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Armstrong's vision for Cougars is clear -- win

Friday, September 5, 2008

(Photo)
Brady Armstrong
By CAINE GARDNER

Sports Writer

ROACHDALE -- Brady Armstrong is ready to take the reigns for the North Putnam Cougars for the 2008-09 season.

Coming off a 1-20 season and the departure of former head coach Wes Peek, the Cougars look to rebound strong and Armstrong has a vision to accomplish the task.

The road to North Putnam for Armstrong included stops at Heritage Christian and most recently Tri-West and it was his faith and a friendship that brought him to Putnam County.

"First off I need to give credit to my lord and savior. God, through circumstances, brought us out here," Armstrong said.

Armstrong attended Marian College with North Putnam athletic director Jason Sims, which was another reason for him to feel at ease with the transition.

"He (Sims) was a guy that when I talked to him and expressed my vision for the program it just lined up," he said. "It just seems like a place that we could be out here a while and build something really special."

Armstrong admitted that while his vision for the future is focused on winning, he noted it would take time. He spoke about the tragedy of last year's wreck involving two basketball players and acknowledged that Peek and team did their best considering the circumstances. Armstrong said that North Putnam is considered a football school, but believes that the same winning attitude and successes can transfer to the basketball court.

"Our vision right now is to simply instill a winning attitude," he commented. "In terms of teaching the game, I think we've got to teach part, then whole. Just see where our kids are at with just basics and then build from there."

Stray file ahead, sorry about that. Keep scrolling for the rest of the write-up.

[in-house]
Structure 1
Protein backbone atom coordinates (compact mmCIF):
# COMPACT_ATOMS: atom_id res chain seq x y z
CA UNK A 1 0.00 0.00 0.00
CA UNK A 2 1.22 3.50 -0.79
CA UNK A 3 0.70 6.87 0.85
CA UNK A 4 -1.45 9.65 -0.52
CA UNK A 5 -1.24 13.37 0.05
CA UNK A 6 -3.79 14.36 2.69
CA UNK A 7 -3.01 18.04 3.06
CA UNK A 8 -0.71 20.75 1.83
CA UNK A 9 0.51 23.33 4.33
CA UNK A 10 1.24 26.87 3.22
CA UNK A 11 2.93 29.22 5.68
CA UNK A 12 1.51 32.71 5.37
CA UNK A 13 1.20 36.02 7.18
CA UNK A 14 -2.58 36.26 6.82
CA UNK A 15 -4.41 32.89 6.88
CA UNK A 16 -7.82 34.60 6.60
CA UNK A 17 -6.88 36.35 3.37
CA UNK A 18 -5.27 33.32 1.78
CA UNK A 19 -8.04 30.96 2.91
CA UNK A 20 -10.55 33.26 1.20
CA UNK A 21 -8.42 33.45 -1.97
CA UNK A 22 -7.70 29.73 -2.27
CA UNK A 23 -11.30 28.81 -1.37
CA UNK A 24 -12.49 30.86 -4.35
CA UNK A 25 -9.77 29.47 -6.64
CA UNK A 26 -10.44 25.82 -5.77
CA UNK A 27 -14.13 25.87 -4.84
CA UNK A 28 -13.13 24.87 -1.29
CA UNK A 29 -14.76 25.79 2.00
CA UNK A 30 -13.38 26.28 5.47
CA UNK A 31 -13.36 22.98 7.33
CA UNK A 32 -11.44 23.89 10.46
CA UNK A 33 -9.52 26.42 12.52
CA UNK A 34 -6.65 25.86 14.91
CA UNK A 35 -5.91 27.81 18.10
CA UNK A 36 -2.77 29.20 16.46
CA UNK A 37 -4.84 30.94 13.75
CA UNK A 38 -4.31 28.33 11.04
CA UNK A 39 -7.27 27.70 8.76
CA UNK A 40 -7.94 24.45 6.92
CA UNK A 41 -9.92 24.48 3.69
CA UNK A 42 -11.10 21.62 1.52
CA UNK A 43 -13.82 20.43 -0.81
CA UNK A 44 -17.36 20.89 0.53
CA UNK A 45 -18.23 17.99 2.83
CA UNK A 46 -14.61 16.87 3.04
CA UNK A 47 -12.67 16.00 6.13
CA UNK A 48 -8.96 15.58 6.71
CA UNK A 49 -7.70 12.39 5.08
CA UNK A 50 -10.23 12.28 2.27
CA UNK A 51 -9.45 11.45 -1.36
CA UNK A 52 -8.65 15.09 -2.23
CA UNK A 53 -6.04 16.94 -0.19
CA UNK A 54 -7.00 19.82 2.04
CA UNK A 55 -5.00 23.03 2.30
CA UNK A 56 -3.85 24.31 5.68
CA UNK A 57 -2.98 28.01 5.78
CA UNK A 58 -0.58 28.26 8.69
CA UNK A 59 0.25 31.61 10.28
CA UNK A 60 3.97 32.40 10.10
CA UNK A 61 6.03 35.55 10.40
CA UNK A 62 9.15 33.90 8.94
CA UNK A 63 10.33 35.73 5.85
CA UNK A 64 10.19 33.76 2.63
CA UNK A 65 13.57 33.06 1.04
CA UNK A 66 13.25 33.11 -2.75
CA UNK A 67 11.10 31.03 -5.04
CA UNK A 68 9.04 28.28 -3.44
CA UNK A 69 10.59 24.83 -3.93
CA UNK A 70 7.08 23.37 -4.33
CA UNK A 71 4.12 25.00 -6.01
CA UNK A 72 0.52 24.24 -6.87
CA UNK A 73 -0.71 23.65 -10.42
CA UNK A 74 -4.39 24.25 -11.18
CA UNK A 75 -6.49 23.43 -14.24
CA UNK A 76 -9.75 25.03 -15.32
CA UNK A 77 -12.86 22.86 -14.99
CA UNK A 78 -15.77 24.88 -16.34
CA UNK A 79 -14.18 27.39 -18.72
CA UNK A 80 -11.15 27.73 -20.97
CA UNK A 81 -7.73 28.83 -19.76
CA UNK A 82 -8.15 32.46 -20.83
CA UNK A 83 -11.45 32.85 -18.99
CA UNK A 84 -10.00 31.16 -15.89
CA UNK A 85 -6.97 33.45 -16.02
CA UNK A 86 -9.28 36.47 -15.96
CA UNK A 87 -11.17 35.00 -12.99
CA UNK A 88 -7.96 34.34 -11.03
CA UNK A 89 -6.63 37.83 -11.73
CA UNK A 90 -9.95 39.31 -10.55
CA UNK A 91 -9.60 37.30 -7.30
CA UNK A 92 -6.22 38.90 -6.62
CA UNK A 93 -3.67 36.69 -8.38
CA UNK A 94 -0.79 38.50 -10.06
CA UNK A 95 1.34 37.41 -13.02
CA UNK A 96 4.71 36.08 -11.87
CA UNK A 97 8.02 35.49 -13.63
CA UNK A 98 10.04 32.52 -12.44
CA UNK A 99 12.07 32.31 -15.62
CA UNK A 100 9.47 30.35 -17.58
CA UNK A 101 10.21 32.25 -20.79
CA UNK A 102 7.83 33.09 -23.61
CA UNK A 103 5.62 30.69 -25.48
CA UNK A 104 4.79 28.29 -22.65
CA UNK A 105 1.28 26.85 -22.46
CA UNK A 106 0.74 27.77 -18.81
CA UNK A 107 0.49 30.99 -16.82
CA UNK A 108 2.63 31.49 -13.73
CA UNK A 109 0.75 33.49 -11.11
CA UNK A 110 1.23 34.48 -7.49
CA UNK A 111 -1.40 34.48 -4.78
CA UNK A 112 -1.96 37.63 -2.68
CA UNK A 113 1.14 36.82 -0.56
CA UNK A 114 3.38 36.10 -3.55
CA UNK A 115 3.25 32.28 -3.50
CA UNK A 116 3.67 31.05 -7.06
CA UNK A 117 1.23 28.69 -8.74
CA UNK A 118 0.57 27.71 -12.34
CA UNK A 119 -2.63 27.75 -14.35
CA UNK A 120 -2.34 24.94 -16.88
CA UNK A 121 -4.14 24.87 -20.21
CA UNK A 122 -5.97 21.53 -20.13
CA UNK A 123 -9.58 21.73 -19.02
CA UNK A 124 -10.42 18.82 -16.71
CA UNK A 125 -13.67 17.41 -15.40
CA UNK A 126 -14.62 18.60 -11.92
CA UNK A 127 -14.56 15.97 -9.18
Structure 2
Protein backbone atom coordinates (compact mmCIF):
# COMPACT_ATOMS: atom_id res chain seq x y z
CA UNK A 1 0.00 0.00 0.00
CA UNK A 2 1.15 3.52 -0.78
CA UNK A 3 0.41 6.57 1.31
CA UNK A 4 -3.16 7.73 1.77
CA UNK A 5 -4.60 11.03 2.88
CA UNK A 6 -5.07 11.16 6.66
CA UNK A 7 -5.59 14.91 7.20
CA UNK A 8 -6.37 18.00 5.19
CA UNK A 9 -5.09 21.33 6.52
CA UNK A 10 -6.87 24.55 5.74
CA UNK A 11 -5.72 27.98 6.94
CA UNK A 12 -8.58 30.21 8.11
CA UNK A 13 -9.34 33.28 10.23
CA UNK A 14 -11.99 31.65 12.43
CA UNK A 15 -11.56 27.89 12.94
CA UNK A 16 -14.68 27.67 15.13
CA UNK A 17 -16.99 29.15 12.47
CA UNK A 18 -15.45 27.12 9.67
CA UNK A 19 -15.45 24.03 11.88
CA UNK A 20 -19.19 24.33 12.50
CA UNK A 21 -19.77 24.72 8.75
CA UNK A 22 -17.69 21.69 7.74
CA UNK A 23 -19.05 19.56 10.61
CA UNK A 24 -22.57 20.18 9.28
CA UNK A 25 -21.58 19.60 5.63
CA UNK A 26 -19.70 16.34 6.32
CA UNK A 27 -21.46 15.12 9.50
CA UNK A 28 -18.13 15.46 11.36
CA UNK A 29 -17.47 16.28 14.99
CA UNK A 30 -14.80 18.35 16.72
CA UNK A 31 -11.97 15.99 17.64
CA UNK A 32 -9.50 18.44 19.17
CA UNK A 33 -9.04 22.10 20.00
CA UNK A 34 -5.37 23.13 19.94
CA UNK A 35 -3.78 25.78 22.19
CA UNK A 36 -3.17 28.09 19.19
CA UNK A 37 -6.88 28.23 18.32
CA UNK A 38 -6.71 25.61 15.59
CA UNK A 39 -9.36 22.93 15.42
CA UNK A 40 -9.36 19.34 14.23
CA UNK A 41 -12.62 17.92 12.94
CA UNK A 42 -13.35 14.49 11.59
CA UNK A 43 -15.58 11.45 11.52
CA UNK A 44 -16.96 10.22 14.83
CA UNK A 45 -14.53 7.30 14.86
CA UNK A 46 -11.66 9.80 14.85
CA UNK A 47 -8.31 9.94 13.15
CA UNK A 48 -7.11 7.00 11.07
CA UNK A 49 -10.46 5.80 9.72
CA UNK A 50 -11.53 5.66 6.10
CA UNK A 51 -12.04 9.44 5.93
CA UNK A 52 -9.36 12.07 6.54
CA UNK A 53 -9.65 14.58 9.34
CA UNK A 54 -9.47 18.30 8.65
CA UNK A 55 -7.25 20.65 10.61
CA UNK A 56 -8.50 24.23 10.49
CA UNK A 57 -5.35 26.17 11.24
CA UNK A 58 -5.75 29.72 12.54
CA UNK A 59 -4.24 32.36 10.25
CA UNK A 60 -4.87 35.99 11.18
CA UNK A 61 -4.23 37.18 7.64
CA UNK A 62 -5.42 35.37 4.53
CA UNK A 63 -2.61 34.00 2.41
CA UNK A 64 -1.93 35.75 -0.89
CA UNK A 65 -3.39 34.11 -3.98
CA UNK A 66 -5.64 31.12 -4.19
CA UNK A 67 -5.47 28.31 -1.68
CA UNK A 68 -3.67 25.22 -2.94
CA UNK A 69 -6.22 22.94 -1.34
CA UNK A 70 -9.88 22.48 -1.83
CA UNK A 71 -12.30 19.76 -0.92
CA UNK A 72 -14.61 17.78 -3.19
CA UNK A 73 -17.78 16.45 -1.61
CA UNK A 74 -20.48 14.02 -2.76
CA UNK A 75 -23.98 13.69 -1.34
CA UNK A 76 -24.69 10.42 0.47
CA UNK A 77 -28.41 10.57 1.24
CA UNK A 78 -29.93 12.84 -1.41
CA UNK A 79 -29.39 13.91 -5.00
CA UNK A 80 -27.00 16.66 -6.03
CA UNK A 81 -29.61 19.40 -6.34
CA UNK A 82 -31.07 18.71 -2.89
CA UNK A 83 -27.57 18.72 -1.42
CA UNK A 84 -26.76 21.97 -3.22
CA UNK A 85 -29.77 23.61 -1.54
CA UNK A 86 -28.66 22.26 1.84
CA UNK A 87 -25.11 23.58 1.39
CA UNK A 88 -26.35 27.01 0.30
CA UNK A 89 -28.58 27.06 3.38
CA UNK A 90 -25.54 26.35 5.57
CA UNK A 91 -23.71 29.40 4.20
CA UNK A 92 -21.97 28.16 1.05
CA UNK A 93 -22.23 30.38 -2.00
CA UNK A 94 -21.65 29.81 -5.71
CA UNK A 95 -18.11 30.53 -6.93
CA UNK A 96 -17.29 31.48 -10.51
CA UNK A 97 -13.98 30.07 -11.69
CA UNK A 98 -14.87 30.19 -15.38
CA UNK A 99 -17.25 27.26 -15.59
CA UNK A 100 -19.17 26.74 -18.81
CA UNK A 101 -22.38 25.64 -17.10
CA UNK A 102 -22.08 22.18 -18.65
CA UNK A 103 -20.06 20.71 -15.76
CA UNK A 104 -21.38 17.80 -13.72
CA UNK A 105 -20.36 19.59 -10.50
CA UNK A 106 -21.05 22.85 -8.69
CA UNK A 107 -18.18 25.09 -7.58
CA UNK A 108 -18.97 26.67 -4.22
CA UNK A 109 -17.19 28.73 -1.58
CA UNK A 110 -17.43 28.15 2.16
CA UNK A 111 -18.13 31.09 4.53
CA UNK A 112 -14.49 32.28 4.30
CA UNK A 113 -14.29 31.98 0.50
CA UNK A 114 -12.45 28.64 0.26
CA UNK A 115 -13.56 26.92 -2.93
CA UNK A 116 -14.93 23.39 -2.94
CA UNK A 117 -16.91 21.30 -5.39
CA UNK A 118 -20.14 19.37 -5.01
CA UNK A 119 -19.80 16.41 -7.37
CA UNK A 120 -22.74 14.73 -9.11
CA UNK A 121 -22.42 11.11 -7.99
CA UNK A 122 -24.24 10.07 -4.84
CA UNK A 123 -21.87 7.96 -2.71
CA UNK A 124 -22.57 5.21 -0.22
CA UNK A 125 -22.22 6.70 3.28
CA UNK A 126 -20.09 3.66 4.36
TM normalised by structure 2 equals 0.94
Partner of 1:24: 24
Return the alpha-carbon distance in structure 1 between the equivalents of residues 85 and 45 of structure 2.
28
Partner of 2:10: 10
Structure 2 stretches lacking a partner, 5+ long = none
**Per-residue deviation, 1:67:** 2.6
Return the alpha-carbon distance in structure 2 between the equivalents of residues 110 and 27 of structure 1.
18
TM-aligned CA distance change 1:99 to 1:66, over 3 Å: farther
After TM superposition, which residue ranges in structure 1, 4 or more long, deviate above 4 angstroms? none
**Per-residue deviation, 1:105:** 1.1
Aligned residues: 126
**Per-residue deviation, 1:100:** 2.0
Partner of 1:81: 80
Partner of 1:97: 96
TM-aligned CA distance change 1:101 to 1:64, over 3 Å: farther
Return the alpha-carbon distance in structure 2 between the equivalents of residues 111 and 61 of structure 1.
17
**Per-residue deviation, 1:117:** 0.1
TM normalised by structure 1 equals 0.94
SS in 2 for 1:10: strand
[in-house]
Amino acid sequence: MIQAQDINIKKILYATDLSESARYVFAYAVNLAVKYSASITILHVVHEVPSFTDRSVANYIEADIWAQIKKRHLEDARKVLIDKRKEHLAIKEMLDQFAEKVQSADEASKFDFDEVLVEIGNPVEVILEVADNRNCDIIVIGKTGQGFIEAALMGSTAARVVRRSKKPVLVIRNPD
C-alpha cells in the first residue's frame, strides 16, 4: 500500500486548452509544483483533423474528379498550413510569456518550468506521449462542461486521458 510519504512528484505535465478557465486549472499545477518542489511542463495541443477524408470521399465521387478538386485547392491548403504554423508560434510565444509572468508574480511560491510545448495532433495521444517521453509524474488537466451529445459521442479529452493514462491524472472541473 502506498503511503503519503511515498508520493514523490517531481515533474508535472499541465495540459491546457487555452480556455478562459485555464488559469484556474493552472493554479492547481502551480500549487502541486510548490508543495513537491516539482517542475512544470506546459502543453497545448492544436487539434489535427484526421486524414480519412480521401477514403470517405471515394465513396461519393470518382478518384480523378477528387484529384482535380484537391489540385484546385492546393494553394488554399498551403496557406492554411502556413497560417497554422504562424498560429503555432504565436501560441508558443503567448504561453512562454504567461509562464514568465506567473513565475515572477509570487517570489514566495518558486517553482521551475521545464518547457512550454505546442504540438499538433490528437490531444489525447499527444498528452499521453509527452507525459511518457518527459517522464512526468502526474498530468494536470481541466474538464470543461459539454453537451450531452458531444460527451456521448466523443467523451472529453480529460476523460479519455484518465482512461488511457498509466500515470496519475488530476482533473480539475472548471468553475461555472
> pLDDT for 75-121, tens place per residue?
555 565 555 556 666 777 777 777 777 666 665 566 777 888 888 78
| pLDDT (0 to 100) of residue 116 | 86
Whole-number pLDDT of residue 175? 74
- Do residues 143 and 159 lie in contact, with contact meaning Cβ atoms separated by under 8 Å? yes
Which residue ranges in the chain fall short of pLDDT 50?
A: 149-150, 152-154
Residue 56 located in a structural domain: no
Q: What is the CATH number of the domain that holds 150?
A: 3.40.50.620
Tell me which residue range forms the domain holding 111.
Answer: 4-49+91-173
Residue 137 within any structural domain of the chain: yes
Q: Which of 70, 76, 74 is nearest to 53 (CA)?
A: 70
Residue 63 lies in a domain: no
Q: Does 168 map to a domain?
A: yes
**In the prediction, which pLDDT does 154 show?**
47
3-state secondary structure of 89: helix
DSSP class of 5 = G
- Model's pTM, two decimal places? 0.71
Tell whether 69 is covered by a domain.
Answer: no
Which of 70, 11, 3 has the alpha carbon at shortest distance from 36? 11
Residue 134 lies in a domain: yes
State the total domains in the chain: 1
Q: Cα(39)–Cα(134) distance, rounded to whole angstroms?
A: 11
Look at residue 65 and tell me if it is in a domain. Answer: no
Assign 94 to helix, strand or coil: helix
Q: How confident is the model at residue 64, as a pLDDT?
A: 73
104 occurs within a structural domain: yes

Armstrong said that once you take care of the small stuff, the big stuff will come in time. Instead of focusing on the varsity ranks only, he is going to implement a plan to get all coaches on all levels on the same page.

"My vision is all the way to the bottom," Armstrong said. "At New Castle, everything is lined up. They're all on the same page -- the elementary coaches, middle school and all the way up to varsity coach; so we're all doing the same things. I think that's key, I've got to be able to sell that and teach that to the coaches in the younger ranks so that when they (players) get up here we're not behind. That's huge and the biggest thing I have to tackle."

Another aspect Armstrong will have to tackle is getting his team mentally ready to begin the season. That, along with fitness and defense will be a signature of the Cougars this season.

"With my guys on the varsity -- I see talent there," he acknowledged. "It's just mental toughness, conditioning and just loving defense. Just loving that fact that we're stopping them and you're not going to score. I think if we can get that mentality, I think the wins and losses will take care of themselves. I think you'll see a big change hopefully in that this year.